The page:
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Processing of PRV Applications for Partners and Dependent Children Excluded from 2021 Resident Visa Applications

Processing of PRV Applications for Partners and Dependent Children Excluded from 2021 Resident Visa Applications

Navigating the complexities of immigration applications can be challenging, especially when it involves rectifying omissions of partners and dependent children from initial submissions. This blog aims to assist individuals affected by such oversights during the 2021 Resident Visa application process, offering a clear pathway to securing Permanent Resident Visas (PRVs) for their loved ones.

Who Is This Guide For?

  • Immigration Applicants who successfully applied for a 2021 Resident Visa without their partners and/or dependent children.
  • Spouses and Dependent Children who were not included in the initial 2021 Resident Visa application due to system limitations or oversight.
  • Migrant Workers looking to unite their families at the Permanent Resident Visa application stage.

Understanding the Issue

The Enhanced Immigration Online System (ADEPT) of Immigration New Zealand (INZ) does not currently allow applicants to add secondary applicants post-submission. In cases where requests to include partners and/or dependent children via a cover letter were overlooked, principal applicants were granted resident visas sans their immediate family members.

Upon realisation, INZ has opted for a case-by-case evaluation for the affected individuals to determine their eligibility for resident visas as secondary applicants.

Steps to Resolution

  1. Identification of Affected Individuals

If you or your family members were affected by this issue:

  • Gather all relevant documentation that supports your initial intention to include your partner and/or dependent children in your 2021 Resident Visa application.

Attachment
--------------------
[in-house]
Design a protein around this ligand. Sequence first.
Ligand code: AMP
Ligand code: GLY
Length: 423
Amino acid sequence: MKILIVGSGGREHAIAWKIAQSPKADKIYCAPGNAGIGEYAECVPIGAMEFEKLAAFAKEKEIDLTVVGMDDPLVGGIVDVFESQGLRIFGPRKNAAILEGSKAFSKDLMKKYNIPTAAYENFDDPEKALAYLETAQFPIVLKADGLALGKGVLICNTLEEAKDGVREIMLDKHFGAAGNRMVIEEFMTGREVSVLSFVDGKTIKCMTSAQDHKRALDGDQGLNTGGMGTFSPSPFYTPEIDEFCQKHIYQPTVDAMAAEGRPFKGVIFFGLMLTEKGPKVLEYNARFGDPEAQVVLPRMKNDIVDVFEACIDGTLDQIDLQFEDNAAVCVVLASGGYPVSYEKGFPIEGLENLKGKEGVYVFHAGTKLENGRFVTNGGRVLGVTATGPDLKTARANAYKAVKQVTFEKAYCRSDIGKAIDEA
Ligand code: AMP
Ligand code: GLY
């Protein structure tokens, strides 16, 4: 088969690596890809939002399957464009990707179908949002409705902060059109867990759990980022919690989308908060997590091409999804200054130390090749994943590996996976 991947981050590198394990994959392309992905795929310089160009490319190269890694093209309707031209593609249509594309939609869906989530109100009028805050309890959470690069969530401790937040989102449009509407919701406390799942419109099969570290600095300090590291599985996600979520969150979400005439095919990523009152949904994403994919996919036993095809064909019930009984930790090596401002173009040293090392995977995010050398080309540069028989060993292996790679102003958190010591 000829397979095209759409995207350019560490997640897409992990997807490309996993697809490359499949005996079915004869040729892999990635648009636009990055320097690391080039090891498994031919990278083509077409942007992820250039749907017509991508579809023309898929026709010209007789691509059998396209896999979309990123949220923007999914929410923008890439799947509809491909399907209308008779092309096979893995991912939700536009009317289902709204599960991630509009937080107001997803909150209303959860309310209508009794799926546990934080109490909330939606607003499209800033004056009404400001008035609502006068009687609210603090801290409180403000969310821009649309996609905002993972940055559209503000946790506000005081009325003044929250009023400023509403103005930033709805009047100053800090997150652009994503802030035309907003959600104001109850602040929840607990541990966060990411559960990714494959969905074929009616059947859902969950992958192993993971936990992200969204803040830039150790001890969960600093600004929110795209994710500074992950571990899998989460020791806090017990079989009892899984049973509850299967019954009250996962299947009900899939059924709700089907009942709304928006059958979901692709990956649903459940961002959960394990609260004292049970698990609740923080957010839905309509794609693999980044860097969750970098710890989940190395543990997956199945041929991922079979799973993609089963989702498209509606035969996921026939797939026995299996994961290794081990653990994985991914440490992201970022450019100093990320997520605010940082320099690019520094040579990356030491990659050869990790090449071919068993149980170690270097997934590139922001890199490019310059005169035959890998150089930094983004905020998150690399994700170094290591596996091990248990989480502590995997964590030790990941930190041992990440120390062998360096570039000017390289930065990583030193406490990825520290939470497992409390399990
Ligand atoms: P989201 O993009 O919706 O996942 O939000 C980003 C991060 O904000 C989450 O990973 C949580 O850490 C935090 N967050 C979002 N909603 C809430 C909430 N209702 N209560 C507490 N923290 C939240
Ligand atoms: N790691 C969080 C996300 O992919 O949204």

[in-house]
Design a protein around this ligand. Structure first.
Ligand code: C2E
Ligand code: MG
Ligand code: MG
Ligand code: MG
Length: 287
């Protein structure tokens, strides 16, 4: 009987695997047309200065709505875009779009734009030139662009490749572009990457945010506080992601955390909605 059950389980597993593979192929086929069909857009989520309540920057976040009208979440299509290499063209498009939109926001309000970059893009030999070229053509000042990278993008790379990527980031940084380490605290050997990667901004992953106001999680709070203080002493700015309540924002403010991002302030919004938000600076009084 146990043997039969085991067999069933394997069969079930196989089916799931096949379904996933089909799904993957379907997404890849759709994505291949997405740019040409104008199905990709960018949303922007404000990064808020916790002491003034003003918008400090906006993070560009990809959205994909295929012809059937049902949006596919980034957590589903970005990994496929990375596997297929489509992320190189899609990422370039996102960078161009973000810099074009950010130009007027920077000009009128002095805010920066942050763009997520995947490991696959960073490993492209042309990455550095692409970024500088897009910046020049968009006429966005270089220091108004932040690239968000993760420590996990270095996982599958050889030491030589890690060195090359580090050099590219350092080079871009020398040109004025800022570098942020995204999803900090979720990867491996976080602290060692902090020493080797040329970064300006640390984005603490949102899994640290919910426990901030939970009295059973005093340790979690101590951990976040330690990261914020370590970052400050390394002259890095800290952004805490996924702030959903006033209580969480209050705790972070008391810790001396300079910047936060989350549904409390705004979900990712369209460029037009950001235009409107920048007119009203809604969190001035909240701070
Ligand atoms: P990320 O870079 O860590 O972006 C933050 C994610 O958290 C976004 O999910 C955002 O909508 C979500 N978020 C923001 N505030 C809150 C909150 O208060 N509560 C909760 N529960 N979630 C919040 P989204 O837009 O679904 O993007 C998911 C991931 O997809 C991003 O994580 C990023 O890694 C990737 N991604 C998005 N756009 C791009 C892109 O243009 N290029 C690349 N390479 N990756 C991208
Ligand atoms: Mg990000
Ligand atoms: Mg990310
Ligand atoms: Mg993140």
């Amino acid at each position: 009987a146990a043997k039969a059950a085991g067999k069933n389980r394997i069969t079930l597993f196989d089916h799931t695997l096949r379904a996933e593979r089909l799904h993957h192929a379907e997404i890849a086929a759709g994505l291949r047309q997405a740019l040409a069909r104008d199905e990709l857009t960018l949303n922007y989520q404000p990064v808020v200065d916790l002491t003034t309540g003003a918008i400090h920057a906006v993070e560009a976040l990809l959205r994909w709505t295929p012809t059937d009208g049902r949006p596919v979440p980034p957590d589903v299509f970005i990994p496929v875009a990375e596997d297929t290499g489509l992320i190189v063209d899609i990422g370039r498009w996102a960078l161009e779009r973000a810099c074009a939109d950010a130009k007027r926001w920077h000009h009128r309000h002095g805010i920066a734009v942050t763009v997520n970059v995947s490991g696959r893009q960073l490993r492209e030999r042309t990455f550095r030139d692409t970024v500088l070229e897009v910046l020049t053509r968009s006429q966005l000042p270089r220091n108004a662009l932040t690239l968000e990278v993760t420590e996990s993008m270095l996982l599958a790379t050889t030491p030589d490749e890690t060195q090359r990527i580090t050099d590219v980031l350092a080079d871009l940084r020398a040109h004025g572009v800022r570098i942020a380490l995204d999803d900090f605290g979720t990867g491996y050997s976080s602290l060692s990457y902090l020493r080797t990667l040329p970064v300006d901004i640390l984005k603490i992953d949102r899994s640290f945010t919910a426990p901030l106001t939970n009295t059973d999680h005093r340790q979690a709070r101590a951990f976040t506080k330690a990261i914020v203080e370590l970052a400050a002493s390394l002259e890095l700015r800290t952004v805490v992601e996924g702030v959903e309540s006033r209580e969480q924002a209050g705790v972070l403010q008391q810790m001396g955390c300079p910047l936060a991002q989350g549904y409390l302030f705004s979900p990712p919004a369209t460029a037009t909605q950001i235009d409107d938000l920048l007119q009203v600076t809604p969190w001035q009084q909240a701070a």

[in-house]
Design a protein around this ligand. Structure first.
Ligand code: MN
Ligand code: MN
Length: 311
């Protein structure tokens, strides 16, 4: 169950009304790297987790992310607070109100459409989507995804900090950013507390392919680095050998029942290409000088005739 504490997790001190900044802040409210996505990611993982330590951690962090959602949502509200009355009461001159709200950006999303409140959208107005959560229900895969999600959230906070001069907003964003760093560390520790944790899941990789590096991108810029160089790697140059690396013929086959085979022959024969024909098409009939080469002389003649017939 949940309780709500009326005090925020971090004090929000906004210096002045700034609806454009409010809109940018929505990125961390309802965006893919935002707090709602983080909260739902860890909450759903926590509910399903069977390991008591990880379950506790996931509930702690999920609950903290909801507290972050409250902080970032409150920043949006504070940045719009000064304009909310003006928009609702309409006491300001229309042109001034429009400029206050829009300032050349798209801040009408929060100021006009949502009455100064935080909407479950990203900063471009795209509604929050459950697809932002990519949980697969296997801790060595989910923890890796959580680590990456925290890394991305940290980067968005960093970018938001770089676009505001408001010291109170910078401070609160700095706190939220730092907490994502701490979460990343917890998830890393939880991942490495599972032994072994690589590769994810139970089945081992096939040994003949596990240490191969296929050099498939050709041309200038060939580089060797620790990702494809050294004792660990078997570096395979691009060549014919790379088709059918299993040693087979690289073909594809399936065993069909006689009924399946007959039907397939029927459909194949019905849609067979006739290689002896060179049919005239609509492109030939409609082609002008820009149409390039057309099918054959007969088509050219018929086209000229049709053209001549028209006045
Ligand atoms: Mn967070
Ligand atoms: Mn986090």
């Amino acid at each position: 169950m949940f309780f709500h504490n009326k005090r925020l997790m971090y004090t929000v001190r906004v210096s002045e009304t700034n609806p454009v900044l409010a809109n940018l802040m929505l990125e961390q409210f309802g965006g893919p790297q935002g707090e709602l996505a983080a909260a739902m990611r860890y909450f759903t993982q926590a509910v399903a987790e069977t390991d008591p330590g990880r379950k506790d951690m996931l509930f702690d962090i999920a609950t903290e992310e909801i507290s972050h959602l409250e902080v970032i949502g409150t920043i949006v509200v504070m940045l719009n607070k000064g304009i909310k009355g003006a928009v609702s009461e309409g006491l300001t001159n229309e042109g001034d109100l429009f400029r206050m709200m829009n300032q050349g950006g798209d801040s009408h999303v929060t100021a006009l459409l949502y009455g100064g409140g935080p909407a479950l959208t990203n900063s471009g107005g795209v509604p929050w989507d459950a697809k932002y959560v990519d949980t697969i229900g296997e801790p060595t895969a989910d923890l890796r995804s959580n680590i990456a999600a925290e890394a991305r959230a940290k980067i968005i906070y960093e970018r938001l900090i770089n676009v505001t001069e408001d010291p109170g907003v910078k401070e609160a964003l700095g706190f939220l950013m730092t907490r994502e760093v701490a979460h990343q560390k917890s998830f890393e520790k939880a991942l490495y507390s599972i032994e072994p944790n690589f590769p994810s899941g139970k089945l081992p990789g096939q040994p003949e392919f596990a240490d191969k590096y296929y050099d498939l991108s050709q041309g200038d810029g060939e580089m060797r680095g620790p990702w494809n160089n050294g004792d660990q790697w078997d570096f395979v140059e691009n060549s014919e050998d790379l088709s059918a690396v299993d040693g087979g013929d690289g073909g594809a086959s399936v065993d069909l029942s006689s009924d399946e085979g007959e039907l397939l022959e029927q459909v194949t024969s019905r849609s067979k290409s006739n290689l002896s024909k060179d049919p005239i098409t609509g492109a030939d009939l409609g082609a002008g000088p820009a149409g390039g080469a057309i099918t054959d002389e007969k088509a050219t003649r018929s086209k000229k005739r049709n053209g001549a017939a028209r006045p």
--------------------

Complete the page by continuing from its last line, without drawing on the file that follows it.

• Note the date the principal applicant’s resident visa was granted, as this will be crucial for PRV processing.
  1. Contacting Immigration New Zealand (INZ)

Affected individuals should:

  • Reach out to INZ, explaining your situation and providing any evidence of your attempt to include your family members in your original application.
  • Request guidance on submitting an application for your partner and/or dependent children, specifying that it is a case stemming from the 2021 oversight.
  1. Submitting PRV Applications

When applying for a PRV for your partners and/or dependent children:

  • Clearly indicate that the application is to rectify the exclusion from the 2021 Resident Visa process.
  • Include a copy of the principal applicant’s resident visa and the date it was granted to support your case.
  1. Special Consideration Under Section 72(3)

Inform the assessing officer of your situation and request that they consider the special provision under section 72(3) of the Immigration Act 2009:

  • This section allows an Immigration Manager to grant a PRV as an exception to standard instructions, acknowledging the unique circumstance your family has faced.
  1. Fee Waiver Consideration

If applying separately for affected family members:

  • Request a fee waiver due to the exceptional nature of your case, backed by the INZ’s acknowledgment of system limitations and oversight.

Additional Tips

  • Keep a detailed record of all communications with INZ, including names of officers, dates, and advice given.
  • If you encounter difficulties or require clarification on the process, seek legal advice or consultation with Licensed Immigration Advisers at Immigration Advisers New Zealand Ltd.


INZ recognizes the unfair disadvantage placed on families affected by this oversight and is committed to ensuring fairness in the processing of PRV applications under these circumstances. By following the outlined steps, affected families can confidently approach the resolution process, moving one step closer to reuniting their families under the Permanent Resident Visa.

Author Details

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Vandana Rai

(LIA 201400900)

Vandana Rai is a Senior Licensed Immigration Adviser and has built a reputation around her rare set of skills, which could be considered ideal for her legal profession.

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